An Old War in a New Light

Reviewing ‘Vietnam: An Epic Tragedy’ by Max Hastings (Harper, 2018).

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Photographer: David Duncan.

The greatest virtue of Max Hastings’ Vietnam: An Epic Tragedy, out in paperback last month, is the bracing British cynicism he brings to a long-debated war. He strikes a kind of balance (albeit debatable) in his report of this controversial conflict mainly by being equally damning to both sides. Accounts of Vietnam are usually shaped by their stances: anti-war lobbyists lambasting the US and defending the North; conservatives blaming domestic weakness for undermining American ‘boys in the field’. In order to really understand this war, Hastings has skillfully stripped all that away and placed the war in a proper context. After all, ‘casual violence towards civilians and prisoners are inseparable from all conflicts’, but Vietnam has a unique and disturbing character all of its own.

Hastings confronts the war’s dark inheritance – that, for some in the
West to this day, Vietnam is a war, not a country – and tries to humanise those af- fected by giving a human face to the events. He uses his long history as a journalist to weave individual stories into the book’s rich texture, from the general who missed a coup when his alarm didn’t go off, to the Saigon prostitutes and peasants who had their lives swept up in the brutal conflict.

Hastings pins America’s failure on her military and political leadership. Clueless ground commanders are shown indulging in ‘folly of Crimean proportions’. But the rot starts at the head: Nixon and Kissinger are particularly excoriated for allowing ‘gratuitous years of carnage’, fighting a war they knew they couldn’t win. In Hastings’ view, America’s fatal mistake was thinking military strength could repair a political failure: the lack of a viable South Vietnamese state that commanded its population’s loyalty. While Hastings could have gone further in incorporating American domestic political considerations – he neglects, say, the impact of Robert Kennedy running for the Presidential nomination in 1968 – and in dissecting the ideological motivation of both nations’ soldiers, this is to quibble with a remarkably penetrating account of an intractable topic.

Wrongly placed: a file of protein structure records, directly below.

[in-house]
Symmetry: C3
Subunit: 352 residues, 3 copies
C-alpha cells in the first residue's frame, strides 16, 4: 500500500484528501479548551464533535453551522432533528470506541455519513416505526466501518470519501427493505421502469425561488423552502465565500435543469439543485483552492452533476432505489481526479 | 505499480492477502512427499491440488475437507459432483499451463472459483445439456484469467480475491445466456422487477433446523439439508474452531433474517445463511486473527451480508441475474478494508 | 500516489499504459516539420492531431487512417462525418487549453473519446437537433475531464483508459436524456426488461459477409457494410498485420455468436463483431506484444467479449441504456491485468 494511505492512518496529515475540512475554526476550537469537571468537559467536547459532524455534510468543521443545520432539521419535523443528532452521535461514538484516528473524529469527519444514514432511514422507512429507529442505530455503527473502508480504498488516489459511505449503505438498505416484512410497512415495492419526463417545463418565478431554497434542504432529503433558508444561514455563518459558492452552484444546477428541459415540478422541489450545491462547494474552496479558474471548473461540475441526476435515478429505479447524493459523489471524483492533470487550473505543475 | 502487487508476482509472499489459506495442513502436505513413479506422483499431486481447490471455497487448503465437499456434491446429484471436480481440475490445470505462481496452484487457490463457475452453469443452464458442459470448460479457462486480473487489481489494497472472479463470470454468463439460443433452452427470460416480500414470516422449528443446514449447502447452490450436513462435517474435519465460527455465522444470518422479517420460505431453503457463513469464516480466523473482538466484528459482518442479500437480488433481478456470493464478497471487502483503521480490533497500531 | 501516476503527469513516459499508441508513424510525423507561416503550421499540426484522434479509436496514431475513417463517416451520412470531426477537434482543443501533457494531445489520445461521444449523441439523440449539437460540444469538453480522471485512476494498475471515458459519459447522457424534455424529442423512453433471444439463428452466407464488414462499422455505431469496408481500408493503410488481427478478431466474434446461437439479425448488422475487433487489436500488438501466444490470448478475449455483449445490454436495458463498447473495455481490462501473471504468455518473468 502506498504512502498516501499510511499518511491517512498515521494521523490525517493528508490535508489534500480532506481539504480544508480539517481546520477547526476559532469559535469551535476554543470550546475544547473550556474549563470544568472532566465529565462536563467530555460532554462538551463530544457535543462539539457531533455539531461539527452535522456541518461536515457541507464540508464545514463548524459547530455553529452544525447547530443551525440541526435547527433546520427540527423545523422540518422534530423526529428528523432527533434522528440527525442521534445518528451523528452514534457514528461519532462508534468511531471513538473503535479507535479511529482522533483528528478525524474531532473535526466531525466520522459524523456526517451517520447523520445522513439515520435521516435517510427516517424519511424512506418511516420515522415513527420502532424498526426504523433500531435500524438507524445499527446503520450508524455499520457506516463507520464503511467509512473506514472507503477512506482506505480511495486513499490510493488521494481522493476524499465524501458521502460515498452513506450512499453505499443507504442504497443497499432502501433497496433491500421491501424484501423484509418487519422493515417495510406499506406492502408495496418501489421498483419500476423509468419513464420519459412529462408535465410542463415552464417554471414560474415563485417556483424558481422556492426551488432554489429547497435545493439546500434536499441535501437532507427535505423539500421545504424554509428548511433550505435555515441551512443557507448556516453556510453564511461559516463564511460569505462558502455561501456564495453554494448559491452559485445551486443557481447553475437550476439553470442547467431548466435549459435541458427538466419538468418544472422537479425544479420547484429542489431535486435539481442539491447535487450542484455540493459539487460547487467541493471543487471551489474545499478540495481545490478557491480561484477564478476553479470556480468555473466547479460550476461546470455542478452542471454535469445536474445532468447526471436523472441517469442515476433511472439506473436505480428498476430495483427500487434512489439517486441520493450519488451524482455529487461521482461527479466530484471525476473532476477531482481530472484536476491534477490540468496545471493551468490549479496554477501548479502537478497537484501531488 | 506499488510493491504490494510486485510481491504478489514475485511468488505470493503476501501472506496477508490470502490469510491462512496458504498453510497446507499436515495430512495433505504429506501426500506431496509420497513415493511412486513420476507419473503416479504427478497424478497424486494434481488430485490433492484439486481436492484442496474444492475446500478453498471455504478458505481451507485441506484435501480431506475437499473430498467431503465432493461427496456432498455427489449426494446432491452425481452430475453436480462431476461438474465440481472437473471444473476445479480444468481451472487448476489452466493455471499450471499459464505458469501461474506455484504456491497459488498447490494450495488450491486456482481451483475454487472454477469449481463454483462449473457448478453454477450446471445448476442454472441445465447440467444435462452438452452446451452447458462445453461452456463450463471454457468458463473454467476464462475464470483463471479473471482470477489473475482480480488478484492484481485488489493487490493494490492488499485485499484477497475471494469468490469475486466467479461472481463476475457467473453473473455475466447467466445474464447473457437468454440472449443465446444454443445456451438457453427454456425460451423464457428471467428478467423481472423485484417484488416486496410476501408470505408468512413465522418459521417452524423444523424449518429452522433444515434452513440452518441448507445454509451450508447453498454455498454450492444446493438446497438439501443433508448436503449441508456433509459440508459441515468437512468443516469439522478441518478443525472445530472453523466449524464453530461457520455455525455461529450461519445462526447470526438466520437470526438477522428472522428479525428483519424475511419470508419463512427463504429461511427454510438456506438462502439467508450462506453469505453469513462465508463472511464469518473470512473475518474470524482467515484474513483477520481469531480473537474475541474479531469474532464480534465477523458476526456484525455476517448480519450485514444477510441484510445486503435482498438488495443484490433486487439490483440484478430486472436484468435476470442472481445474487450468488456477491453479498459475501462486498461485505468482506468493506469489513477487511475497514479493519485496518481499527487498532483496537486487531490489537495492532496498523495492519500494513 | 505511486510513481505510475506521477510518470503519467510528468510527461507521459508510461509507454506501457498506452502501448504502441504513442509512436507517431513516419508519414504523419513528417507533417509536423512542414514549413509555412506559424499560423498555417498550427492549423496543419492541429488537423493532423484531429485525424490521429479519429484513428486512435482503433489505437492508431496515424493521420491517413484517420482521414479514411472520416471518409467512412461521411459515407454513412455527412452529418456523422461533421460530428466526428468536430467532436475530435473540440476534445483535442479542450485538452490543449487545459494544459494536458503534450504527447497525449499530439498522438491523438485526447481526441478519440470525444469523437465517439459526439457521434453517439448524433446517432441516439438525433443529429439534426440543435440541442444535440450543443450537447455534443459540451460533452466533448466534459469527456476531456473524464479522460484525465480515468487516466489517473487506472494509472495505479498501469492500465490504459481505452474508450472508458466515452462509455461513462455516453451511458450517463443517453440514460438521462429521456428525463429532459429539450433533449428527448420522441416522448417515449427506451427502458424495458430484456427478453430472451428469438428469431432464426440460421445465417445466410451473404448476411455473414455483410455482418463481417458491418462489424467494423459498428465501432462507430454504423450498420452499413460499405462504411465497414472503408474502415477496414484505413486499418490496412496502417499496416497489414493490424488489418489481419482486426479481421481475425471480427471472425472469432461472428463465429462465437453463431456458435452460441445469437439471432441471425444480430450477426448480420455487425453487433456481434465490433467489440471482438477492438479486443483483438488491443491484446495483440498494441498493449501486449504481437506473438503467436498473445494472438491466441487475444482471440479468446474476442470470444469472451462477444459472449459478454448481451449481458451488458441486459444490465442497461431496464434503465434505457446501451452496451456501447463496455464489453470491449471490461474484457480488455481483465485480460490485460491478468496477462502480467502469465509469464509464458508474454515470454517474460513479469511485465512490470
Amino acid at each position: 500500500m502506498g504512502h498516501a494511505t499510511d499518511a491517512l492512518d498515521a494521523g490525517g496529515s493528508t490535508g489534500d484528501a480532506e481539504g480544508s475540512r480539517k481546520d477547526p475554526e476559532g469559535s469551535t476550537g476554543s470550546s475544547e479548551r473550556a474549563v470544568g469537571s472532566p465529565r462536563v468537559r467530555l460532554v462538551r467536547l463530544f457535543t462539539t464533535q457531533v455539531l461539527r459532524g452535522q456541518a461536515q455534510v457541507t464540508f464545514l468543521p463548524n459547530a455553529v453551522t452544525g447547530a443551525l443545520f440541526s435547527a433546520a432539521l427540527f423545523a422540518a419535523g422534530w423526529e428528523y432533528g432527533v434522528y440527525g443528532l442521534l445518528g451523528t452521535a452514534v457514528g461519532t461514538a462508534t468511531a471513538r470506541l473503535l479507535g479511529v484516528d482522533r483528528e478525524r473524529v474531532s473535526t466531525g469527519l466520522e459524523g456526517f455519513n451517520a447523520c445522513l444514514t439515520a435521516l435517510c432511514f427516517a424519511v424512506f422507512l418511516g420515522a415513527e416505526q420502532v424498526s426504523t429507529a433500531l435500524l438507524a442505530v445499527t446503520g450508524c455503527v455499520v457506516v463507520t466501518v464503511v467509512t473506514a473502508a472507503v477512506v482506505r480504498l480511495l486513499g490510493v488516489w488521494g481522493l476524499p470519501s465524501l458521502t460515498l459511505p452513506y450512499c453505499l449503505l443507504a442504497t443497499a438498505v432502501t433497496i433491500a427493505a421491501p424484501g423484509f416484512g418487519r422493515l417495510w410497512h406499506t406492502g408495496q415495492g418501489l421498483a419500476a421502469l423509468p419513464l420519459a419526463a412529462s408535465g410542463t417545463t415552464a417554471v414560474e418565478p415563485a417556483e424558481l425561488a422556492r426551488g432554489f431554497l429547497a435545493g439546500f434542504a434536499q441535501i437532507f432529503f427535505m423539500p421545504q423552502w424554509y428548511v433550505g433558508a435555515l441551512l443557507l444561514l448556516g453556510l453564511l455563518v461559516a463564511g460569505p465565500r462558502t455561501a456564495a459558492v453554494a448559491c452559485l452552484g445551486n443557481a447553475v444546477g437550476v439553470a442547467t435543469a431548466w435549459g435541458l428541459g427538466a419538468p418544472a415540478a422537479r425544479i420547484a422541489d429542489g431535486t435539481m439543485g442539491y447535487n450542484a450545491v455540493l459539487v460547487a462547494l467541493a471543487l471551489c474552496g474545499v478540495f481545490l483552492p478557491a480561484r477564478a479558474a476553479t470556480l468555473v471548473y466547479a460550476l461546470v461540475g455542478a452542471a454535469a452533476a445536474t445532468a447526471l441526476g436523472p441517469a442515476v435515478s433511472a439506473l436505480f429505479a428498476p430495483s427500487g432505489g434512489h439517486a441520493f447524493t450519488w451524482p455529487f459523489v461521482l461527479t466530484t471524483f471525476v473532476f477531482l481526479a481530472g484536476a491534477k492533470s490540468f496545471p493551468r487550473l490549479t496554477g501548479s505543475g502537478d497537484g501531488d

Coming away from this book, I felt Hastings had successfully presented the conflict so as to bring out both sides’ brutality. The ‘Tragedy’” in the title perfectly summarises the war’s corrupting effect on those caught up in it. Hast- ings places American atrocities such as Mai Lai or the use of Agent Orange against those of their Vietnamese opponents, with the undeniable victims, in both cases, the ordinary men, women and children of the warzone. The North and Vietcong ruled by terror, disembowelling and castrating peas- ants who opposed them, butchering babies and burying recusant families alive. What- ever one’s views on the ethics of the war, any image of noble freedom fighters is shown to be a gross simplification– the Vietcong could be monstrously sadistic, and marked their victory in 1975 by throwing 300,000 South Vietnamese in concentration camps. As so often, their victims were the native inhabitants.

As such, for understanding the Vietnam War, I recommend this book highly. For a balanced, well-researched take on the conflict, this is excellent. Hastings has written a harrowing account that leaves you in no doubt of the titular Tragedy, from the eyes of those who endured it.

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